Although the code for Avalon was previewed at last year's Microsoft Professional Developers' Conference, the company has made a number of major changes.
Significantly, Avalon now installs and runs on Windows XP Service Pack 2 or Windows Server 2003.
Built on top of the .net framework and Microsoft's DirectX 9.0 graphics interface, Avalon aims to provide what Microsoft describes as a unified user interface, by offering a single run time for browser-based applications, forms-based applications, graphics, video, audio, and documents.
To program Avalon, in order to create user interfaces for applications, Microsoft has introduced a markup language called XAML.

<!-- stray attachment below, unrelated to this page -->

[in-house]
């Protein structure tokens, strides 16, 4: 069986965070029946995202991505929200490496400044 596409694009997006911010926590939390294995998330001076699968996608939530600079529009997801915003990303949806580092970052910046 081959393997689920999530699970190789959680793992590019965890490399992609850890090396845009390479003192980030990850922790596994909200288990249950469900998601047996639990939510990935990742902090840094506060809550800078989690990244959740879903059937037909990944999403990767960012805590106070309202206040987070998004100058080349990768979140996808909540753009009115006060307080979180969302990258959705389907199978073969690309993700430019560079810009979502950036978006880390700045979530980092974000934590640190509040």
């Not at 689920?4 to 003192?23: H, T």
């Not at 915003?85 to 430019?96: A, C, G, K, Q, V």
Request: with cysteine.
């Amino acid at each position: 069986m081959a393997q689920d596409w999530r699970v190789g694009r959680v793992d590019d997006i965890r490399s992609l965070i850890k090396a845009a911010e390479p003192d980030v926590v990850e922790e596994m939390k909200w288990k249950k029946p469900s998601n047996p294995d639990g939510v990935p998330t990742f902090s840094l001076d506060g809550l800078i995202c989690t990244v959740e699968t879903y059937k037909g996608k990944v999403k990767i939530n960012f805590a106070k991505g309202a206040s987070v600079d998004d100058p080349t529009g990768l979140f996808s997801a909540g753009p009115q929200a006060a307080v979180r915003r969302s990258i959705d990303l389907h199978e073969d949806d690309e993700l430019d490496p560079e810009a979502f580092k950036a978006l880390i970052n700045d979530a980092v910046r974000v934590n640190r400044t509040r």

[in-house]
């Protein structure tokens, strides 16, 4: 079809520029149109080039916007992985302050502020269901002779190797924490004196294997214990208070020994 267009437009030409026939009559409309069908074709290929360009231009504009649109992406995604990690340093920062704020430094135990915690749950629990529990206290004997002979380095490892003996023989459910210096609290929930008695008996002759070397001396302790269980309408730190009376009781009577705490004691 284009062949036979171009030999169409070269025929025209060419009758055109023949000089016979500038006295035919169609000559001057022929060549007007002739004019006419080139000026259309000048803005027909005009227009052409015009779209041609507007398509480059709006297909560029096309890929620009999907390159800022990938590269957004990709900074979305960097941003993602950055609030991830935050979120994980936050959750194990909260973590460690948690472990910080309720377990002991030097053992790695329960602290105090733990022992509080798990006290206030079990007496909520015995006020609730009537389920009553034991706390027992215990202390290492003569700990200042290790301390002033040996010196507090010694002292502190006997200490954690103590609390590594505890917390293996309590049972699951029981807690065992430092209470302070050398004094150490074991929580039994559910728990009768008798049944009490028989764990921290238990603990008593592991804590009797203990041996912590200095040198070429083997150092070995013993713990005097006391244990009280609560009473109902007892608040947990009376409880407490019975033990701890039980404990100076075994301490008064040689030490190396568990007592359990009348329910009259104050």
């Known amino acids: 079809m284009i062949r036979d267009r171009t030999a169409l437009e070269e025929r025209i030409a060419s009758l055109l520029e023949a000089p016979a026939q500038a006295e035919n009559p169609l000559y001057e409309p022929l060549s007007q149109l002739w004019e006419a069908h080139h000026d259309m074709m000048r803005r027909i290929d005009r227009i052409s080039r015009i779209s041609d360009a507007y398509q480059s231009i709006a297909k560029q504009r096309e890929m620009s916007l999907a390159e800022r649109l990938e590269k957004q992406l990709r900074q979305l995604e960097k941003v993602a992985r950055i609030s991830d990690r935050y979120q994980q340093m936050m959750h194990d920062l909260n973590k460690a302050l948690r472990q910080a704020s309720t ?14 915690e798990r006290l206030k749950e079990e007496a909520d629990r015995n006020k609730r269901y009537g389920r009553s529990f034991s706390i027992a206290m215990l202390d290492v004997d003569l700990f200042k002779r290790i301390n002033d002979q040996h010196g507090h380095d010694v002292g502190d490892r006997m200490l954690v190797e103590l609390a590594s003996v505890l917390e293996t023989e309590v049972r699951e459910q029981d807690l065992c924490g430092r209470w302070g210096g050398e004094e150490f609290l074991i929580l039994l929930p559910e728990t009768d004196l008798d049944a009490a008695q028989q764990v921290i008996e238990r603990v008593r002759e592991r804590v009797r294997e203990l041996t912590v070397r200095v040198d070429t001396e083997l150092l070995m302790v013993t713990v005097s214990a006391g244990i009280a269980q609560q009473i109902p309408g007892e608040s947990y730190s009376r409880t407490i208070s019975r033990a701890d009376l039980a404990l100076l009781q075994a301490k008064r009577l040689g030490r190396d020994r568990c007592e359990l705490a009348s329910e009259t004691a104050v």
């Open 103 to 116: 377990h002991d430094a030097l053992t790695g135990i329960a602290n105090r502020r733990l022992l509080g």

By developing the user interface in XAML, Microsoft said users can separate user interface design from the underlying code, enabling developers and designers to work more closely together.
The distribution for this release includes an initial release of the WinFX SDK, which includes documentation, tools, and sample code for building applications to be managed by Avalon.
Microsoft urged users to be cautious with the Avalon code due to its instability. Because this is an interim pre-beta release, expect the documentation to be partially incomplete and some samples to be broken, the company warned.
The release offers basic Visual Studio 2005 tools support for Avalon development, such as updated templates for building applications running both inside and outside of the browser, as well as Avalon user interface components and controls, Microsoft said.
The Avalon controls also support 'ink', which Microsoft said would allow users to develop applications for the TablePC based on Avalon.